In April of 2010, I sent him the following letter:
Dear Professor Wells,
I am writing on behalf of the Shakespeare Authorship Coalition to challenge your claim on the SBT website … that the phenomenon of widespread doubt about William Shakespeare’s identity is “a psychological aberration of considerable interest,” attributable to a variety of causes, including “snobbery” based on class prejudice, or “even certifiable madness (as in the sad case of Delia Bacon . . .).” If these allegations are true, it should be possible for qualified experts in the disciplines of psychiatry, psychology and sociology to validate your claims with empirical evidence. I hereby challenge you to either obtain such expert validation, or stop making the claims. Specifically, I challenge you to either back up your claims on the SBT website with data worthy of the high scholarly standards you claim to represent, or remove them forthwith.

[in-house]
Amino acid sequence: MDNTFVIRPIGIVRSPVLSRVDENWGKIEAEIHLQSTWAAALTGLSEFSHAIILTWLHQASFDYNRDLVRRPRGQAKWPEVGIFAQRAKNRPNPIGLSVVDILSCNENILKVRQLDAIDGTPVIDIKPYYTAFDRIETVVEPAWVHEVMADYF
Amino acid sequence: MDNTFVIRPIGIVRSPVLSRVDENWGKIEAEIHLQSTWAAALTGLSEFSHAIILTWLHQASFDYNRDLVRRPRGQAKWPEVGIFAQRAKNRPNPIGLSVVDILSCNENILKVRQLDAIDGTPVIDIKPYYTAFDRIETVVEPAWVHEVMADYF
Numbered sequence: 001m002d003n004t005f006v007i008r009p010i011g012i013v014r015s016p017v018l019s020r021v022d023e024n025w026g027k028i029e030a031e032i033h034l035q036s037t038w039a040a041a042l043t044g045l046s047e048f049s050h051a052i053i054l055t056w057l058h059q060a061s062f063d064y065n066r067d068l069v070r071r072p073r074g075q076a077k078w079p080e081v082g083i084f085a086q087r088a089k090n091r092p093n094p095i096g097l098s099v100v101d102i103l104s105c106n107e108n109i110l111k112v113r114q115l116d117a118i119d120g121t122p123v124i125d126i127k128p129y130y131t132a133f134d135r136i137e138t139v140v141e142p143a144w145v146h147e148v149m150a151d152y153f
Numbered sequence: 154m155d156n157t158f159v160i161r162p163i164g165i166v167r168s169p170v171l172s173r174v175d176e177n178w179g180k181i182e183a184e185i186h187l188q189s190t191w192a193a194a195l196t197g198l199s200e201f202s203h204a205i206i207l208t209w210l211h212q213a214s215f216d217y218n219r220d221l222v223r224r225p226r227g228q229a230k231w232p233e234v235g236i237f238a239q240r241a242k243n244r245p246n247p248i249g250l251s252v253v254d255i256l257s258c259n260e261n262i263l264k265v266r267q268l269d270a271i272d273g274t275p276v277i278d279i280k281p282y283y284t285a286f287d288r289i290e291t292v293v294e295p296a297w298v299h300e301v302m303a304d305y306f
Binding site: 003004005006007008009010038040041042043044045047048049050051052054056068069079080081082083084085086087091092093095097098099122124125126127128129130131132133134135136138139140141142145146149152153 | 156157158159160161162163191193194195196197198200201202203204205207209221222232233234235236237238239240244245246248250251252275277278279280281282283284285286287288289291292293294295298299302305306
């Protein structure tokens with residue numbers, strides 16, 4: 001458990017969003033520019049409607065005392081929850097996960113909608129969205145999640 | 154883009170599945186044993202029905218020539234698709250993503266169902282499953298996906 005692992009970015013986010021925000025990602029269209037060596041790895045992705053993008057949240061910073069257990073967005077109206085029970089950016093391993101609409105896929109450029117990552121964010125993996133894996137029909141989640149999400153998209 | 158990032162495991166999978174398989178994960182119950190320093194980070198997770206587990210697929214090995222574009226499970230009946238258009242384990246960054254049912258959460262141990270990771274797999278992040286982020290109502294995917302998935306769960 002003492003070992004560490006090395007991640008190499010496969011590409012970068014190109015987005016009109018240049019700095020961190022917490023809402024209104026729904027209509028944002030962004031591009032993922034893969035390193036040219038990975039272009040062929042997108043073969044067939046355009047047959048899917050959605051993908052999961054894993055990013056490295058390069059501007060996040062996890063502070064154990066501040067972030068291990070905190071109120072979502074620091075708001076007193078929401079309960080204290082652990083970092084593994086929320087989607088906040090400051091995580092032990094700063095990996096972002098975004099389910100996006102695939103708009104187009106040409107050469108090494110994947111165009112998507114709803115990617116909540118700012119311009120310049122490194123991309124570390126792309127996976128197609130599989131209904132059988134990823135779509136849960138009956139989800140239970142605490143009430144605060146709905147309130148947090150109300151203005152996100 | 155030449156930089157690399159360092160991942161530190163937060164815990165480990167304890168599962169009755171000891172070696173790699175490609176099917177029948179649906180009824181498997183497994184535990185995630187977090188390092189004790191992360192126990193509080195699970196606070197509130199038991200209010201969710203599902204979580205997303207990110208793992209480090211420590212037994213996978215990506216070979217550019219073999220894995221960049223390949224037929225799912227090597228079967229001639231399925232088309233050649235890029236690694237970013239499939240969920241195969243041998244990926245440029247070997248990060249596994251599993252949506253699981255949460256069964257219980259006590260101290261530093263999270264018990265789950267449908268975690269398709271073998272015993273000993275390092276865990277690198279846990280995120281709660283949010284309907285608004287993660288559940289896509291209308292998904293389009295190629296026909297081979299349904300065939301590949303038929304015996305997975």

Any theory should be evaluated based on the best arguments of its strongest proponents. There will, of course, be some level of aberrant thinking and behavior in any population; but to prove your claims, not only must you show that the prevalence of these conditions and behaviors is much greater among authorship doubters than in the general population, or in a control group, such as orthodox Shakespeare scholars, but that they are pervasive.
The enclosed “Declaration of Reasonable Doubt” names twenty prominent past doubters, including Mark Twain, William and Henry James, Tyrone Guthrie and Sir John Gielgud. On what basis do you claim that their doubts were due entirely to the defects you allege? Over 1,700 people have signed the Declaration. Of these, over 300 are current or former college/ university faculty members. Some of them are much better qualified to diagnose psychological disorders than you are. On what basis do you claim that they are aberrant?